When the rain gods do not send water for irrigation, farmers look downwards, at groundwater, for help. But, years of groundwater exploitation and lack of recharging, has led to a fall in the water tables. For instance, in north and central Gujarat, water tables have dropped to 20m per decade since 1974, as per a study by the Central Ground Water Board. If this continues, extracting groundwater will get more expensive because we have to dig deeper, or worse, groundwater will be only a myth for future generations.
Wetlands purify water through natural processes where aquatic plants act as bio-filters. Plants absorb phosphates and nitrates from the water and roots help to put back oxygen into the water.
Constructed wetlands are a cost-effective method of treating wastewater and polluted water bodies. These are low cost solutions and can be easily made or replicated.
Water is the essence of life, and we need to adopt practices to save and reuse it
How the life around the Yamuna River changed with time and people
Tributaries of the Yamuna flowed through the city and several rulers tapped the streams and fed the water through massive sluices into tanks, to provide water for their people. Today, these tributaries have dried up and become cemented tunnels underneath the city that carry sewage to the Yamuna.
Every monsoon the incidences of caving in increases. Nature or human activities–who is to blame?
It is said that when the British Governer General Warren Hastings brought the water hyacinth to India in the 18th century, thinking it was a flower, he couldn't have imagined that was actually a deadly weed.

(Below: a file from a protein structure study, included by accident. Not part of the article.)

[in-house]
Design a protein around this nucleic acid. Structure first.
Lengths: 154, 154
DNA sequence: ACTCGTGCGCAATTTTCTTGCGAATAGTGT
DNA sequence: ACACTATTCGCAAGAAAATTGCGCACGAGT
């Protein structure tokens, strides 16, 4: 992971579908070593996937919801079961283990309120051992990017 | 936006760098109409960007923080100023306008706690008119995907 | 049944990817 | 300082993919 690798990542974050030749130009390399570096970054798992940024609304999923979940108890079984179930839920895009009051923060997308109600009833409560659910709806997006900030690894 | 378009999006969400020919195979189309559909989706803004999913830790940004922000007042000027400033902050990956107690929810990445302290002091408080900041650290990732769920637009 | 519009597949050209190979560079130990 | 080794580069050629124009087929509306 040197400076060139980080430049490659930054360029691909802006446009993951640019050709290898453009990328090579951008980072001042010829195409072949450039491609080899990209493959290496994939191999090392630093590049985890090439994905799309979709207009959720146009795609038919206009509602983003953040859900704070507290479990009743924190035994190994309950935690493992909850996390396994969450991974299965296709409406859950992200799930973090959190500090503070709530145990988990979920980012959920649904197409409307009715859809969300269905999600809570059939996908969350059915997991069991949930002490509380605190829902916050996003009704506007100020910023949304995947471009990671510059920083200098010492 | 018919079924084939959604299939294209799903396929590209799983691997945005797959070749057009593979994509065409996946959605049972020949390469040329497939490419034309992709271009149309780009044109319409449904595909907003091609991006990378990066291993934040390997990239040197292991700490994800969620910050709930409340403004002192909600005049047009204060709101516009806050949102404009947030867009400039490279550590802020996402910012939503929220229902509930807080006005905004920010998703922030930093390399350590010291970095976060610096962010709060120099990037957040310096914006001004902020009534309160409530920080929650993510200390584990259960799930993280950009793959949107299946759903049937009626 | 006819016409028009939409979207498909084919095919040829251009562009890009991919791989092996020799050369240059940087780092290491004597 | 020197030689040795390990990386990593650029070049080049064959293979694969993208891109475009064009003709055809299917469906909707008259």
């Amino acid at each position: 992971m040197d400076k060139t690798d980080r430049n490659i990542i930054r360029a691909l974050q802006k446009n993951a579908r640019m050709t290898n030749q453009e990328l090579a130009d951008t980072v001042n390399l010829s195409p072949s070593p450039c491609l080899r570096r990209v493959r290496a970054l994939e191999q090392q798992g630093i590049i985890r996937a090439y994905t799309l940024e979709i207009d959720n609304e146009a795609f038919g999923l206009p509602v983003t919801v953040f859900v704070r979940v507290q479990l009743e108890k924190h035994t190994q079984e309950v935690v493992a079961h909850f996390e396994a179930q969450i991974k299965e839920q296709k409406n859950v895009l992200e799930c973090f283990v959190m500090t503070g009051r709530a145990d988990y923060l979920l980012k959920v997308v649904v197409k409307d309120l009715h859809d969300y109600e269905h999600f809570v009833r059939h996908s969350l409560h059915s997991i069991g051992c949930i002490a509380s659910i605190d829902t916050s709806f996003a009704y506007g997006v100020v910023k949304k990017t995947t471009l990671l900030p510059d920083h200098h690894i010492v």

In the guise of development, what allows us to be callous with earth's resources? A study conducted by Indian Institute of Soil Science shows that majority of the soil in India is deficient in secondary nutrients, such as sulphur, and micronutrients, such as zinc, boron, iron, copper and manganese. The question then is how nutritious can our food be if it is grown on malnourished land? Many other villages are suffering, like Jaduguda and Kolaghat, because the polluter does not take the responsibility of the waste, burdening locals with unseen consequences...
Why is the Indian monsoon so slippery?
The monsoon of the Indian subcontinent is also shaped by the heating of the Tibetan plateau, the shape of continents and mountains, Eurasian snow cover, temperature difference between eastern and western flanks of the Indian ocean, and, arguably the most important, El Niño (“little boy” in Spanish as this event occurs around Christmas), a weather event triggered by a greater heating of the eastern Pacific near Ecuador than its western counterpart. A strong El Niño, more often than not, implies a weak monsoon. In the last 100 years, 19 out of 43 deficient monsoon years were linked to a strong El Niño, while six went against the dominant pattern. This is one of the many irregularities characteristic of the monsoon that makes long-range forecasting extremely difficult.
A few kids were tracking their paper boat in a river. Who was to say they would discover dirty truths.
During heavy rains, they overflow and flood courtyards. These become a breeding ground for mosquitoes. Open defecation near these drains causes the faecal matter to flow into households. The poorly designed toilet pits don't help either, he had explained. Pushpa was jolted when she heard the bell ringing and was swarmed into her class by the excited students.